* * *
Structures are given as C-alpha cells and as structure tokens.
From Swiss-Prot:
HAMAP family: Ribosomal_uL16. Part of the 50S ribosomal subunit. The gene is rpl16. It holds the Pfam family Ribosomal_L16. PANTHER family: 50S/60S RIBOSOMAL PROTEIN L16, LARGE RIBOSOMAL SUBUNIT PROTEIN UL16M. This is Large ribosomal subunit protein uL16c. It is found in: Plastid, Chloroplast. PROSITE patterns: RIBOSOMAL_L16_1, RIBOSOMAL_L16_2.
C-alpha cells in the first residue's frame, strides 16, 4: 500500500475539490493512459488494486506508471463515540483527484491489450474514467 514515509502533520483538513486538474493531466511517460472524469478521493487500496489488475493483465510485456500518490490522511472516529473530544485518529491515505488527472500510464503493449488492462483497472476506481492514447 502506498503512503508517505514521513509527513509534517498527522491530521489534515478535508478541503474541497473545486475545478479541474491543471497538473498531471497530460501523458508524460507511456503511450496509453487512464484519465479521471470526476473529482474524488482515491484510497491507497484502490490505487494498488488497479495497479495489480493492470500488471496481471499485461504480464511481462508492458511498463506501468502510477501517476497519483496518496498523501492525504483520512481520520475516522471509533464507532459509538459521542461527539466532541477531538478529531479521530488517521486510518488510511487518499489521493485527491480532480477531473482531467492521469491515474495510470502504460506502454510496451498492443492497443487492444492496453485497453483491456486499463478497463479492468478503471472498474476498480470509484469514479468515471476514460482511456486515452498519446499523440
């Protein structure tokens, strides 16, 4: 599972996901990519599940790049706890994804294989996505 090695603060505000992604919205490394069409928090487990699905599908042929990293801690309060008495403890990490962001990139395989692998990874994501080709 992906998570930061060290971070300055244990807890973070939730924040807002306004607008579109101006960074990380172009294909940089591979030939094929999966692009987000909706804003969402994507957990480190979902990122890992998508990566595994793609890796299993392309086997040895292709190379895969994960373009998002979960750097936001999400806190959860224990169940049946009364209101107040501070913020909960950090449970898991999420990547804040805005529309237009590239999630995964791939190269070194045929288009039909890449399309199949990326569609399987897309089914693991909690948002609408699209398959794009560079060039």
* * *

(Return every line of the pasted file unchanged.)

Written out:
Structures are given as C-alpha cells and as structure tokens.
From Swiss-Prot:
HAMAP family: Ribosomal_uL16. Part of the 50S ribosomal subunit. The gene is rpl16. It holds the Pfam family Ribosomal_L16. PANTHER family: 50S/60S RIBOSOMAL PROTEIN L16, LARGE RIBOSOMAL SUBUNIT PROTEIN UL16M. This is Large ribosomal subunit protein uL16c. It is found in: Plastid, Chloroplast. PROSITE patterns: RIBOSOMAL_L16_1, RIBOSOMAL_L16_2.
C-alpha cells in the first residue's frame, strides 16, 4: 500500500475539490493512459488494486506508471463515540483527484491489450474514467 514515509502533520483538513486538474493531466511517460472524469478521493487500496489488475493483465510485456500518490490522511472516529473530544485518529491515505488527472500510464503493449488492462483497472476506481492514447 502506498503512503508517505514521513509527513509534517498527522491530521489534515478535508478541503474541497473545486475545478479541474491543471497538473498531471497530460501523458508524460507511456503511450496509453487512464484519465479521471470526476473529482474524488482515491484510497491507497484502490490505487494498488488497479495497479495489480493492470500488471496481471499485461504480464511481462508492458511498463506501468502510477501517476497519483496518496498523501492525504483520512481520520475516522471509533464507532459509538459521542461527539466532541477531538478529531479521530488517521486510518488510511487518499489521493485527491480532480477531473482531467492521469491515474495510470502504460506502454510496451498492443492497443487492444492496453485497453483491456486499463478497463479492468478503471472498474476498480470509484469514479468515471476514460482511456486515452498519446499523440
């Protein structure tokens, strides 16, 4: 599972996901990519599940790049706890994804294989996505 090695603060505000992604919205490394069409928090487990699905599908042929990293801690309060008495403890990490962001990139395989692998990874994501080709 992906998570930061060290971070300055244990807890973070939730924040807002306004607008579109101006960074990380172009294909940089591979030939094929999966692009987000909706804003969402994507957990480190979902990122890992998508990566595994793609890796299993392309086997040895292709190379895969994960373009998002979960750097936001999400806190959860224990169940049946009364209101107040501070913020909960950090449970898991999420990547804040805005529309237009590239999630995964791939190269070194045929288009039909890449399309199949990326569609399987897309089914693991909690948002609408699209398959794009560079060039």